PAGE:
What’s In A (Wine’s) Name?



A review of the Gilgal Merlot 2007 and the Arran 14 Year Old Single Malt Scotch Whisky.


By Joshua E. London and Lou Marmon


Washington Jewish Week  July 11, 2012


On a plateau within the Golan Heights is a series of five concentric stone circles made up of more than 42,000 volcanic basalt rocks. Thought to be from the early Bronze Age period, this megalithic monument’s outermost wall stands nearly 8 feet tall and around 520 feet in diameter. At the center of this site is a 15 feet tall burial mound. Bear with us, the booze is coming.

This ancient rock circle site is known as Gilgal Refa’im (circle of ghosts). The name also relates to the history of the area. Though refa’im means ghosts or spirits in modern Hebrew, in biblical Hebrew the word is used to refer to the star-worshipping pre-Canaanite people of Bashan (modern day Golan), a race of giants from which King Og was the only remnant at the time he and his army battled unsuccessfully against the Jewish people at Edrei (Deuteronomy 3: 1-13). One legend has it that the ancient Refa’im built this stone circle, nowadays called the “Stonehenge of the Levant.” The circle is thought to have been used for celebrations and ceremonies at the equinox or perhaps for prehistoric astrological calculations and later converted into a tomb.

What does any of this have to do with hooch? Well, these ancient rock circles also provide the name for a series of wines called Gilgal produced by Israel’s Golan Heights Winery (GHW). Here is GHW’s marketing guff to explain the connection: “Some Mysteries Are Better Enjoyed than Solved. Though the Gilgal label is inspired by the mystique of the Gilgal Refaim, our exceptional quality and value will come as no surprise. We invite you to savor our unique fusion of passionate, modern winemaking with the antiquity of the first land known to bear the fruit of wine.”

Seems a little thin, right? Since we lack the marketing degree that presumably would help us understand why this makes perfect sense, we certainly think so. But the wines are good, so we are not too bothered. Indeed the wines were also good when they were sold here in the U.S. as “Gamla,” not to be confused with the totally different, though also good, Israeli wines currently available here in the U.S. called “Gamla.”

Here’s the whole confusing story. GHW produces wine under various labels, one of which is Gamla. For years, GHW’s Gamla-labeled wines were imported to and distributed in the United States by Herzog’s Royal Wine Corp. When the arrangement was made, however, Royal obtained full U.S. rights for the intellectual property that is the wine brand, or label, called “Gamla.”

A few years ago Royal and GHW parted ways, and GHW now imports its own wines into the U.S. Even though Royal no longer imports any GHW wines, they still own the U.S. rights for the Gamla label, and so decided to contract with another Israeli winery to produce wines exclusively for Royal’s Gamla label of wines. This other winery is Carmel, but the wines are made there by Peter Stern exclusively for Royal under special contract (Stern originally made the GHW’s wines back in the 1980s). So starting with the 2009 vintage, all the Gamla wines available here in the U.S. are made by Peter Stern (at the Carmel Winery) and have no connection to GHW. To further complicate things, however, GHW continues to produce wines in Israel under its Gamla label, and these (GHW) Gamla-labeled wines continue to be widely available in Israel and roughly 30 other countries – just not in the U.S.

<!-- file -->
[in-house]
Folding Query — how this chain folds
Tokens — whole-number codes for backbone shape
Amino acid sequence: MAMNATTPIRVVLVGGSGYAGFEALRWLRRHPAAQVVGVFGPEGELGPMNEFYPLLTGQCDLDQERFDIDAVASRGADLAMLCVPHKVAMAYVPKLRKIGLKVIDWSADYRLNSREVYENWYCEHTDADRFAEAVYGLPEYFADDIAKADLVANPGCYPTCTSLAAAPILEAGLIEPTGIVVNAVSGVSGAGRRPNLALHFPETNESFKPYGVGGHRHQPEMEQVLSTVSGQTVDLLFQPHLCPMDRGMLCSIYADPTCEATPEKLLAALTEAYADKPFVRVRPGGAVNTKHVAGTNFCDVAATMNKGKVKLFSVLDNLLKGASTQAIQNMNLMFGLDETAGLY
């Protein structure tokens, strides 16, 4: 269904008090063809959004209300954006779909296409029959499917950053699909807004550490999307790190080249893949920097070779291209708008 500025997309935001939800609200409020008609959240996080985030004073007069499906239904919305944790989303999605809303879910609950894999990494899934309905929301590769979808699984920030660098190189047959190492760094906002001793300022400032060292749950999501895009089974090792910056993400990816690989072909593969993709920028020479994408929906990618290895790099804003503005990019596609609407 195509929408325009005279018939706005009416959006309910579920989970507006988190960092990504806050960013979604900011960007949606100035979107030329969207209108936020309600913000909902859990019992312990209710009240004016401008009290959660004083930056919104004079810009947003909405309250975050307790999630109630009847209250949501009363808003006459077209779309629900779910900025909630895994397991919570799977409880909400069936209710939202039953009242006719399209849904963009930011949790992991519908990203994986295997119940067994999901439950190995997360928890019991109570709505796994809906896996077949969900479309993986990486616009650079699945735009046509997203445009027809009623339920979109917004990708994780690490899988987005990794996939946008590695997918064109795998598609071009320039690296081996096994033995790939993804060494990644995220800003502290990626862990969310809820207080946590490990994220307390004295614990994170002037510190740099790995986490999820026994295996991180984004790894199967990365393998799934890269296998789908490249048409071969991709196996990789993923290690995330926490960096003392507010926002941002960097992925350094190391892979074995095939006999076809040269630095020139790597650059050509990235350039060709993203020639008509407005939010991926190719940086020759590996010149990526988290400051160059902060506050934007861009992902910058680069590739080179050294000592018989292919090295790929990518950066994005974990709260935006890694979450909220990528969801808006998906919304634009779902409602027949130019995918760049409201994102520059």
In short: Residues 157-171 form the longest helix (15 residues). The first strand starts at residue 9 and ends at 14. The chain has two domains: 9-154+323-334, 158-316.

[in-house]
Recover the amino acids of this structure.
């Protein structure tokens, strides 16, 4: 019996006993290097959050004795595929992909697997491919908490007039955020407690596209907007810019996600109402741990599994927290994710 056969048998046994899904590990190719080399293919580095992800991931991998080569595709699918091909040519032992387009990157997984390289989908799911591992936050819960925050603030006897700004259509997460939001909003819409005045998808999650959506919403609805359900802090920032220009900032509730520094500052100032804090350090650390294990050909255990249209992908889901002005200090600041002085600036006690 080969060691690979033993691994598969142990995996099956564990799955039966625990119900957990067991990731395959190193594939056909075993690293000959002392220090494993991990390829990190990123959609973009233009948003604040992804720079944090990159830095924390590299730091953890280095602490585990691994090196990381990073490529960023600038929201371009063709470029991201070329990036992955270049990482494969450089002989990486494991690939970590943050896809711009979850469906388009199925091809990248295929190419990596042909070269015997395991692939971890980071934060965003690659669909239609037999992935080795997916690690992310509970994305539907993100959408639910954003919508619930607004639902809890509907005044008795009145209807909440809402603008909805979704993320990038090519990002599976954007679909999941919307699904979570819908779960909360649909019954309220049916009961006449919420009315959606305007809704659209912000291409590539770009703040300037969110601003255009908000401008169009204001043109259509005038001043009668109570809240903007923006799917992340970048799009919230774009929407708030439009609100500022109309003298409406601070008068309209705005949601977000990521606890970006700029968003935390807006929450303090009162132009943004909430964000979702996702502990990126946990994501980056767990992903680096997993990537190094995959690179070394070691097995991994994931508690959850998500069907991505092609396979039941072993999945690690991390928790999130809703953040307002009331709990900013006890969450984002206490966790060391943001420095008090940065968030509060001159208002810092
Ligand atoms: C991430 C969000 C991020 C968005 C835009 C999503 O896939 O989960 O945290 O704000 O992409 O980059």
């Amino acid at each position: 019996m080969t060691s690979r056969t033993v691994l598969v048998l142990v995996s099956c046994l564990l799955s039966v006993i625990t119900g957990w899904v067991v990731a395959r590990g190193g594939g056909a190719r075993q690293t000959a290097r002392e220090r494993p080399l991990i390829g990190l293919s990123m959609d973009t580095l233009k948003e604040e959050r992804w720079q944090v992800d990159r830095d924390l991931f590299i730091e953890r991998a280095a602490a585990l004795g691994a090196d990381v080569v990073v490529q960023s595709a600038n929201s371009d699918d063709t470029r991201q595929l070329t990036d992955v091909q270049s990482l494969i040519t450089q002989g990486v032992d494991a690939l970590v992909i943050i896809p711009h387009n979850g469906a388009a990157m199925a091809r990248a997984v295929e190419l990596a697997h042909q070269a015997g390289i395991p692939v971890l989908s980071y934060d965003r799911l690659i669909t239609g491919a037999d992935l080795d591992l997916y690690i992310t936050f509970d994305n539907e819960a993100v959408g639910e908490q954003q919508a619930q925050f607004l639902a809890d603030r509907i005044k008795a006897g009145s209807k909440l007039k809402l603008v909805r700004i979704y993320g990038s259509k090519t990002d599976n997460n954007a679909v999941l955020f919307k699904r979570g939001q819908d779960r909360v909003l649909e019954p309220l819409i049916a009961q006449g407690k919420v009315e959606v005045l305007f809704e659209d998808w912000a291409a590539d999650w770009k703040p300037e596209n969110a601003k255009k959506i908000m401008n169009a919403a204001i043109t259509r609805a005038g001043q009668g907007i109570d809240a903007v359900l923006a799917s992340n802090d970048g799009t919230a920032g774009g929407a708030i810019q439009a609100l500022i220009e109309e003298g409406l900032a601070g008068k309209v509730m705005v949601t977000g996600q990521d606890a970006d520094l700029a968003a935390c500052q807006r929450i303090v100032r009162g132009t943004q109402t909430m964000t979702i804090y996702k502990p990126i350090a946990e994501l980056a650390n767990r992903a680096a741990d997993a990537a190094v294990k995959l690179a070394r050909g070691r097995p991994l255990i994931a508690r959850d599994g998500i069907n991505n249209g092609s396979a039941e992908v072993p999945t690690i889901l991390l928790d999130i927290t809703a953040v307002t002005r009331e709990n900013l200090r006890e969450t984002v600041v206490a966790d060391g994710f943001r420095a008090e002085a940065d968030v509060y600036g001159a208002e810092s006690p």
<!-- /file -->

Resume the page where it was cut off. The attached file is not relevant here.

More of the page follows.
This brings us full circle to Gilgal (ha!). Not content to lose out on sales, GHW, having lost the ability to sell its own Gamla labeled wines here in the U.S., decided to simply rebrand their Gamla wines with the name “Gilgal” for our market. That is, the Gamla wines that are available in Israel under the name Gamla are now available here in the U.S. under the name “Gilgal” (not Gamla).

Most importantly, the Gilgal wines are made under the supervision of GHW’s head winemaker Victor Schoenfeld, an innovator and master craftsman who is responsible for some of the country’s finest wines. Gilgal is, for the U.S. market, GHW’s middle tier series of mostly early drinking single varietal wines that retain some aging capacity. The very enjoyable Gilgal Merlot 2007 ($14) is a perfect match to grilled foods. Blackberry and plum aromas glide into herbal red cherry, dark currant and vanilla flavors in a medium frame with a pleasant, slightly oak and pepper-accented finish.

Spirits-wise, not wishing to get further bogged down in marketing silliness, we thought we’d stick with a great, solid, straightforward selection from the Isle of Arran Distillery in Scotland.

We’ve written about the Arran Distillery before. The quickie version of which is that even though the distillery was only founded in 1995, we are mighty impressed with its current output.

The whiskies tend to be delicate, creamy, unpeated, with distinct sweet, fruity, citrusy notes.

Their standard 10-year-old whisky, which we wrote about previously, is utterly delightful. This time we thought we’d consider this:

The Arran Malt 14 Year Old, Single Malt Scotch Whisky (46 percent abv; $70.00): Matured in a mix of used American (2/3) and European (1/3) oak casks, this expression of Arran showcases the creamy, sweet-fruity notes with the European oak influence adding a certain depth and balance over the standard 10 year old. The whisky offers aromas and flavors of banana, peaches, apricots, citrus fruits, vanilla, ginger, malt, hazelnuts, caramelized apples, melon, and a little fresh coconut. There are distinct oak notes and little light spice, and some faint brine in the finish. A nice, easy-drinking, delicious, sweet and creamy whisky. L’Chaim!


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